The actor's smaller parts in ''Pineapple Express'' and ''Tropic Thunder'' earn big laughs

A few years ago, while working as a night manager at a Holiday Inn in Burbank, Danny McBride couldn’t imagine that he’d star in two major studio films opening the same month. ”I had gone to a fortune-teller and she warned me of this, but I didn’t believe it,” deadpans the actor, who has scene-stealing roles as a small-time drug dealer in Pineapple Express and a pyromaniacal special-effects expert in Tropic Thunder. ”I don’t have a head shot,” he says. ”I’ve never really been on an audition. I’ve had the weirdest career path.”

McBride, 31, may just now be thundering into moviegoers’ consciousness, but comedy-world insiders have been talking up the North Carolina native since 2006, when his scrappy comedy The Foot Fist Way began making the rounds. The $80,000, financed-on-credit-cards indie, which McBride co-wrote with a couple of fellow students from the North Carolina School of the Arts, earned the actor A-list fans like Judd Apatow, Ben Stiller, and Seth Rogen for his raucous turn as an arrogant, delusional strip-mall tae kwon do instructor. Will Ferrell and writer-director Adam McKay helped secure the film a theatrical release last May, and though it grossed only $200,000, McBride’s performance made a strong impression. ”I got halfway through it and I thought, I don’t know about this guy,” says Thunder costar Nick Nolte. ”He’s such a good actor, you think he must really be an a–hole.”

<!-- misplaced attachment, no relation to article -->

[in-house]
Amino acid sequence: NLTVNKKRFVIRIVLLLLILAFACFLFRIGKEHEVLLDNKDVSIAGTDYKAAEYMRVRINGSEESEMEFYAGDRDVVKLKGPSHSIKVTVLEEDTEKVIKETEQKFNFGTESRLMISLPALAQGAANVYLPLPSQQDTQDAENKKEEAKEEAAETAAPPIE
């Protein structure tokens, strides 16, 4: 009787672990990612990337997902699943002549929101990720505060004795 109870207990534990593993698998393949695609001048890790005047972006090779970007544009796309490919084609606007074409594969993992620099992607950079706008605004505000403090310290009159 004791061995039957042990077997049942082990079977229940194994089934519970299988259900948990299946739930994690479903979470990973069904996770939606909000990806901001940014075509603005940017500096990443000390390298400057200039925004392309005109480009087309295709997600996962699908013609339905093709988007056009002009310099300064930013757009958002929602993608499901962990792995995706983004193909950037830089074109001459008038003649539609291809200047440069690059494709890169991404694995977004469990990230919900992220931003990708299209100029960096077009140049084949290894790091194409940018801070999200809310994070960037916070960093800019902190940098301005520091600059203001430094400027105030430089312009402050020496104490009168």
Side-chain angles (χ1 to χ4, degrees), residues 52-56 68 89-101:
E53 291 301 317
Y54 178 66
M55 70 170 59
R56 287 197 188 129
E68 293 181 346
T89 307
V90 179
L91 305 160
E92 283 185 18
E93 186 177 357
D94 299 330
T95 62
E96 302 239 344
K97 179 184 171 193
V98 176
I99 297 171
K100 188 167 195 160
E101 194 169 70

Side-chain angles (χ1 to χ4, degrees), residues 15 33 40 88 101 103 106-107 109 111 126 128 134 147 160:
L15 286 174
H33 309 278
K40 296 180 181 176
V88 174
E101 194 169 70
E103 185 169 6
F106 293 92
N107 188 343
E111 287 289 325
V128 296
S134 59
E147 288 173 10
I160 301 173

McBride just wrapped a big-screen remake of the ’70s TV show Land of the Lost, co-starring Ferrell and due next summer, and is working on an HBO comedy series, portraying a down-on-his-luck baseball player. Given his improbable career, McBride says he has no good advice for up-and-comers. ”Nothing really applies,” he says. ”Go work at the Holiday Inn in Burbank, I guess.”

Pineapple Express
  • Movie
  • 112 minutes